Central bank digital currency (“CBDC”) is a crucial FinTech development that aspires to overhaul the current payment system. In the wake of the COVID-19 pandemic, CBDCs’ promises to reduce personal contact, facilitate socially desirable use of money, and initiate more targeted monetary measures have increased their popularity. In addition, CBDCs can potentially serve as a tool to internationalize a sovereign’s currency. World central banks, thus, have gradually formulated a consensus on structuring CBDCs, leaving the regulatory aspects of CBDCs deserving more attention. Among the regulatory issues related to CBDCs, observers often mentioned their association with privacy concerns, but comprehensive studies on this aspect of CBDCs remain limited. In this paper, we discuss the privacy concerns associated with CBDCs and attempt to introduce discipline upon CBDCs and their issuing central banks. We first demonstrate the privacy implications of CBDCs and highlight the risks that issuing sovereigns misuse CBDCs to serve their agendas. We then discuss, in a domestic context, several architectural designs proclaimed to address CBDCs’ privacy concerns and propose further disciplinary mechanisms that may credibly enforce privacy protection laws against issuing central banks and other governmental authorities. We finally highlight the extraterritorial character of modern privacy laws, which allows foreign privacy protection regulators to discipline the CBDCs of other sovereigns. Through this analysis, we argue that applying modern privacy laws with proper supporting mechanisms may effectively discipline CBDCs and their issuing central banks.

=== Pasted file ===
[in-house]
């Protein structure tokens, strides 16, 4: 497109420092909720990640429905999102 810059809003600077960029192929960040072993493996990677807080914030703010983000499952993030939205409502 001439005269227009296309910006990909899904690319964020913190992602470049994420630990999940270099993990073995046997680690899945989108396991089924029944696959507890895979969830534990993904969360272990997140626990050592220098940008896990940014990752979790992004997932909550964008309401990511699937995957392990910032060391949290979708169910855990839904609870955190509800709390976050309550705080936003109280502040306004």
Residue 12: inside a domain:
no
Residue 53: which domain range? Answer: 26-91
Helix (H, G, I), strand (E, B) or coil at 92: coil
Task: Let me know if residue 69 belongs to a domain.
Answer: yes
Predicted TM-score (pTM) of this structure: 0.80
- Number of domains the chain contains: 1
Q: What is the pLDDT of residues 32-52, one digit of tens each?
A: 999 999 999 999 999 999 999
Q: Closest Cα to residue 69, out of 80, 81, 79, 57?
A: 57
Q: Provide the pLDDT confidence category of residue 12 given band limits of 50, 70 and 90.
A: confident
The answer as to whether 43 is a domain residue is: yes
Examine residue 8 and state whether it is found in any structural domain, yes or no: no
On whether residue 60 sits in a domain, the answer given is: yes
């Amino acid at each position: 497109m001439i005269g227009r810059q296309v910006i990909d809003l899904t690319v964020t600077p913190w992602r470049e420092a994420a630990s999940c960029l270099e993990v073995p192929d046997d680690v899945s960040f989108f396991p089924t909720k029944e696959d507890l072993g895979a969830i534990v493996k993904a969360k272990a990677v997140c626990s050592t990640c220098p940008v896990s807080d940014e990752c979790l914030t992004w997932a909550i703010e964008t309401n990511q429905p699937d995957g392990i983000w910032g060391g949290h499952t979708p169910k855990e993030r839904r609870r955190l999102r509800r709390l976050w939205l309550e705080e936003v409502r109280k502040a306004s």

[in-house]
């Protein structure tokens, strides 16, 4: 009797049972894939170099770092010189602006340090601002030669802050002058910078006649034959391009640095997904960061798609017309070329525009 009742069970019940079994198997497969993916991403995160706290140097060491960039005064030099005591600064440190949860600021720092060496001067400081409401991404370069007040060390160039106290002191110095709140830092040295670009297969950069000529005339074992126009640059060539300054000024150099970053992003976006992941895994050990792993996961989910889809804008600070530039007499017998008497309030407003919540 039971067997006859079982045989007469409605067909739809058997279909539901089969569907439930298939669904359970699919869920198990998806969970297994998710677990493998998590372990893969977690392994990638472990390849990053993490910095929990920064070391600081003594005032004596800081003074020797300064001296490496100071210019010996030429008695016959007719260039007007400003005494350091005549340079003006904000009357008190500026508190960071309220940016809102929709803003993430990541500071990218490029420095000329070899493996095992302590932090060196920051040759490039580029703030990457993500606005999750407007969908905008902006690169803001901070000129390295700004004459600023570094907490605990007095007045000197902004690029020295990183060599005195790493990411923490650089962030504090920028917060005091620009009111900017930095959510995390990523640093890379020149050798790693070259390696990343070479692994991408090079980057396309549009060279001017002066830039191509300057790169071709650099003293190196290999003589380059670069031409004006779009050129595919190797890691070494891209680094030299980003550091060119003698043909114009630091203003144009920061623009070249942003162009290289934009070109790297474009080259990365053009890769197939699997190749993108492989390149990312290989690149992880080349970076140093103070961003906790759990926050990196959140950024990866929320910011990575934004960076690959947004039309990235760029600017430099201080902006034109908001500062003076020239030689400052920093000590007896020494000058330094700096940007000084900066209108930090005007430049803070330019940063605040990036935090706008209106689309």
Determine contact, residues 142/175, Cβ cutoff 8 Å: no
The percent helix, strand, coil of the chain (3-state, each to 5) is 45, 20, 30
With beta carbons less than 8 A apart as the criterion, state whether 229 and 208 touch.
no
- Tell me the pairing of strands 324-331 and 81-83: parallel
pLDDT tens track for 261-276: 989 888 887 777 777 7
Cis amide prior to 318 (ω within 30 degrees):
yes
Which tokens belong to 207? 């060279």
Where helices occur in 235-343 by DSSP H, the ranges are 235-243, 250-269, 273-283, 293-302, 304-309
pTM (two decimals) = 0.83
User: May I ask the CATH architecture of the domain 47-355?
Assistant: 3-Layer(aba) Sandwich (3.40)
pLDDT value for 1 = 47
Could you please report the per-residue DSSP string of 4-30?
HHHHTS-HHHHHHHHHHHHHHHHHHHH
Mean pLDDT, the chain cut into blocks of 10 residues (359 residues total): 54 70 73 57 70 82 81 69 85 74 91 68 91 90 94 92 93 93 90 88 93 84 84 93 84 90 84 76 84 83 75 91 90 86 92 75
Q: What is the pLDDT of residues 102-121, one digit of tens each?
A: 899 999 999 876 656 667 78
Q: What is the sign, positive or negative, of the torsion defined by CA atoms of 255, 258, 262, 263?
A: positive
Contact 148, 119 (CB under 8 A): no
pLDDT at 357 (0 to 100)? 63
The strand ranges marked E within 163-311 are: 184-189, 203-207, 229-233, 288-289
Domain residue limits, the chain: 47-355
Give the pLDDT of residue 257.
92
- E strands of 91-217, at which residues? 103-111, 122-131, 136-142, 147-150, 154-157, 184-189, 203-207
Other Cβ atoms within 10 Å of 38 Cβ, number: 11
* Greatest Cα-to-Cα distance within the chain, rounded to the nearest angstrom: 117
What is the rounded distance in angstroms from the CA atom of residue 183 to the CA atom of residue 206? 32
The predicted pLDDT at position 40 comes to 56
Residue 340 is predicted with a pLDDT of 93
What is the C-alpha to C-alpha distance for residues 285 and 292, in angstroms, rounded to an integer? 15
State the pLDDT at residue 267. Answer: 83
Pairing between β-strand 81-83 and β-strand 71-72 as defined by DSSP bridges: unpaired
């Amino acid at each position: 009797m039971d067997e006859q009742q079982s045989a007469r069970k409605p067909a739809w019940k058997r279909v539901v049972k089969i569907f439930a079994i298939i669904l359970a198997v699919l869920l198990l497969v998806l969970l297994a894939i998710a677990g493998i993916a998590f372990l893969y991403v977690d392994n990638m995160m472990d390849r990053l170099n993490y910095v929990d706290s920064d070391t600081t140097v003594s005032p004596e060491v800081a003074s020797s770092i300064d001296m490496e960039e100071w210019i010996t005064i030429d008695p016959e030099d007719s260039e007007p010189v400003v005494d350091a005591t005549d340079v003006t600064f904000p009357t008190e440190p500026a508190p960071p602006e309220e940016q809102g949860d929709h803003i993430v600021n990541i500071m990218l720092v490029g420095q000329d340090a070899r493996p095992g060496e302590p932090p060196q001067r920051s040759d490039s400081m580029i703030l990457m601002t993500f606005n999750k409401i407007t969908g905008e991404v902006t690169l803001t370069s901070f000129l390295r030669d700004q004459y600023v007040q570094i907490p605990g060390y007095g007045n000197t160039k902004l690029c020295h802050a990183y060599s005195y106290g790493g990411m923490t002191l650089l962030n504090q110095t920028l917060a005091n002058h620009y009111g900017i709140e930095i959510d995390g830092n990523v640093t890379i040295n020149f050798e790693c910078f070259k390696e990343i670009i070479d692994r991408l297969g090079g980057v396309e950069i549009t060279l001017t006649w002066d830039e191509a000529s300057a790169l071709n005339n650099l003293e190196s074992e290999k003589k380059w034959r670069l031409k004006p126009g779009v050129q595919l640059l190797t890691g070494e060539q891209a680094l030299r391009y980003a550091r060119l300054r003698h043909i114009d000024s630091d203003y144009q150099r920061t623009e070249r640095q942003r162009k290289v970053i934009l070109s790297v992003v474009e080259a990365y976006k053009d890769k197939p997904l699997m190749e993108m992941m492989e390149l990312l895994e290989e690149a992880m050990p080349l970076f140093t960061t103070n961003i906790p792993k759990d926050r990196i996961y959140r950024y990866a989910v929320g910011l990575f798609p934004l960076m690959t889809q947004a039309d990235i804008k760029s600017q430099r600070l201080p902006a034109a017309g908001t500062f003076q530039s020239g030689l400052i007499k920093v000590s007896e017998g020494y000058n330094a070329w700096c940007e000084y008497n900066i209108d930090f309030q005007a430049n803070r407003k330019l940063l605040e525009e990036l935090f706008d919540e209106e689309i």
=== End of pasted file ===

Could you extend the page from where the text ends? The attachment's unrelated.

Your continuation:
The rapid rise in the last two decades of China-Africa economic interactions in trade, investment, construction projects, and loans require sustained inquiry into the substantive rules of engagement and mechanisms of dispute settlement. Evidently, however, it would quickly emerge that the improvements in supranational legal frameworks have not kept pace with the growing scale and complexity of the economic interactions. While trade relations between China and Africa are theoretically subject to the same multilateral World Trade Organization (WTO) rules, they are in practice mostly based on informal unilateral concessions. Moreover, investment relations are partially governed by fragmented and mostly outdated bilateral investment treaties (BITs), and commercial relations are formalized by ad hoc contractual instruments of diverse origin and deployment. Because these economic relations are often orchestrated through confidential and fragmented micro-level contractual instruments unsupported by larger institutional frameworks, two important questions need to be asked: (1) whether the lack of durable legal and institutional commitment is a function of socio-cultural factors, diminished optimism, politics, or just outright pragmatism; (2) whether the contracts-based economic legal ordering that relies on existing rules and institutions is optimal and durable. This article attempts to answer these and related questions.